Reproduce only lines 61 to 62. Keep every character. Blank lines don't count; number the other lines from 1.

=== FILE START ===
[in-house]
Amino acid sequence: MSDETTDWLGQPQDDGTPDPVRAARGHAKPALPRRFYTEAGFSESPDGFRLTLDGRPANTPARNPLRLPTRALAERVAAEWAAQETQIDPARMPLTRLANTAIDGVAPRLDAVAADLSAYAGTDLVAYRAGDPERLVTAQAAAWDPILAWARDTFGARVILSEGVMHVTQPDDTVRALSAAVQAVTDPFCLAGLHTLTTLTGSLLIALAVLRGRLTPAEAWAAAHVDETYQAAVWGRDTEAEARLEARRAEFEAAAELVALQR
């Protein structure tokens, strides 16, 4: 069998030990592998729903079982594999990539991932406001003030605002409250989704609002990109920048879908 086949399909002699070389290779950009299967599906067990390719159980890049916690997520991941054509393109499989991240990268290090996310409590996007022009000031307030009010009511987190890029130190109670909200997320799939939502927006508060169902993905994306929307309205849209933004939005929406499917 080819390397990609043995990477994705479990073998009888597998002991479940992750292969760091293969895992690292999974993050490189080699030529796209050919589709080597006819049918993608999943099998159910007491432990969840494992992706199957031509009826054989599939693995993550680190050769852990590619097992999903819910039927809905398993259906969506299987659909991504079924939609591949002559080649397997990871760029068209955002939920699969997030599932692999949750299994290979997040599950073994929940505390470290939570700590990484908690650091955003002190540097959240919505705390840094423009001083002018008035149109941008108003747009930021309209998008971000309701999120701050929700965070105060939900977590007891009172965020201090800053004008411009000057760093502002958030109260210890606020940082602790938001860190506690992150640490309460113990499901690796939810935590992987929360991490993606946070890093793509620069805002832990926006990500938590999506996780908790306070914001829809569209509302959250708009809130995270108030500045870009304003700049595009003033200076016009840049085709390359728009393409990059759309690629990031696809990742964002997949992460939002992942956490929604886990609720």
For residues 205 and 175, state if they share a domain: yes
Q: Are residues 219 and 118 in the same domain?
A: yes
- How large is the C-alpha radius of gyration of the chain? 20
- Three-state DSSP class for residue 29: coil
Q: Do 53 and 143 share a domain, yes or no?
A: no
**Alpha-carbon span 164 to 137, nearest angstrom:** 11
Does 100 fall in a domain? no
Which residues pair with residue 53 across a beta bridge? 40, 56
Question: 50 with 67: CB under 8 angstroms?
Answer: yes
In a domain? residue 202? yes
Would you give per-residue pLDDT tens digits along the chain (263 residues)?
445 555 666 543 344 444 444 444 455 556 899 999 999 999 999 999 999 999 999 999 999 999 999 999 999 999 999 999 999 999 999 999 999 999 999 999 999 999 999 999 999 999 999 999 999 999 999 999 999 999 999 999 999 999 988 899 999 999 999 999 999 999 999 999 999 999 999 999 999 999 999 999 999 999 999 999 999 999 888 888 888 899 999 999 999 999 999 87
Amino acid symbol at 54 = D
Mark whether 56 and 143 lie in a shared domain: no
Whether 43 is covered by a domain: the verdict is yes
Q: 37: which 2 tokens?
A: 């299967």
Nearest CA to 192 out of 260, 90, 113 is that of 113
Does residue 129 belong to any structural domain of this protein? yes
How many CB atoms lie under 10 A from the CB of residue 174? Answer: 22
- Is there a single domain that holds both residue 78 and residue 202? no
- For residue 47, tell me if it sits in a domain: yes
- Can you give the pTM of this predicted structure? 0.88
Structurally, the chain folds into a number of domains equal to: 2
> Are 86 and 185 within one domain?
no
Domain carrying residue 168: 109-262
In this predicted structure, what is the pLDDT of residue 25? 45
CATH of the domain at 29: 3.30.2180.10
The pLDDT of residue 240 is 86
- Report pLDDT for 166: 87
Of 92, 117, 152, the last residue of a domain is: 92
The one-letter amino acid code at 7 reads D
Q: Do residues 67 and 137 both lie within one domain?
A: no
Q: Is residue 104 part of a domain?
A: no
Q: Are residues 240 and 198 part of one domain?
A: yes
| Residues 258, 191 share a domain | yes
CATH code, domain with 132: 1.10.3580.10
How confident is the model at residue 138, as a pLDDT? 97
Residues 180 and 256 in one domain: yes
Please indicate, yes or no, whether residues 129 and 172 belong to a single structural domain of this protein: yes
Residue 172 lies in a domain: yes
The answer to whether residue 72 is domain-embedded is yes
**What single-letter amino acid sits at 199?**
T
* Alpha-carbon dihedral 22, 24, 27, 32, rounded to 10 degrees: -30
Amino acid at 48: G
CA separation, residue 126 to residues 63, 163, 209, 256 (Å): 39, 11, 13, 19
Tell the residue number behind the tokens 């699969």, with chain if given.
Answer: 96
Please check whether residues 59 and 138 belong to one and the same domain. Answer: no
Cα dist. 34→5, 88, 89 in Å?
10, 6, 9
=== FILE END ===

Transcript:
Cα dist. 34→5, 88, 89 in Å?
10, 6, 9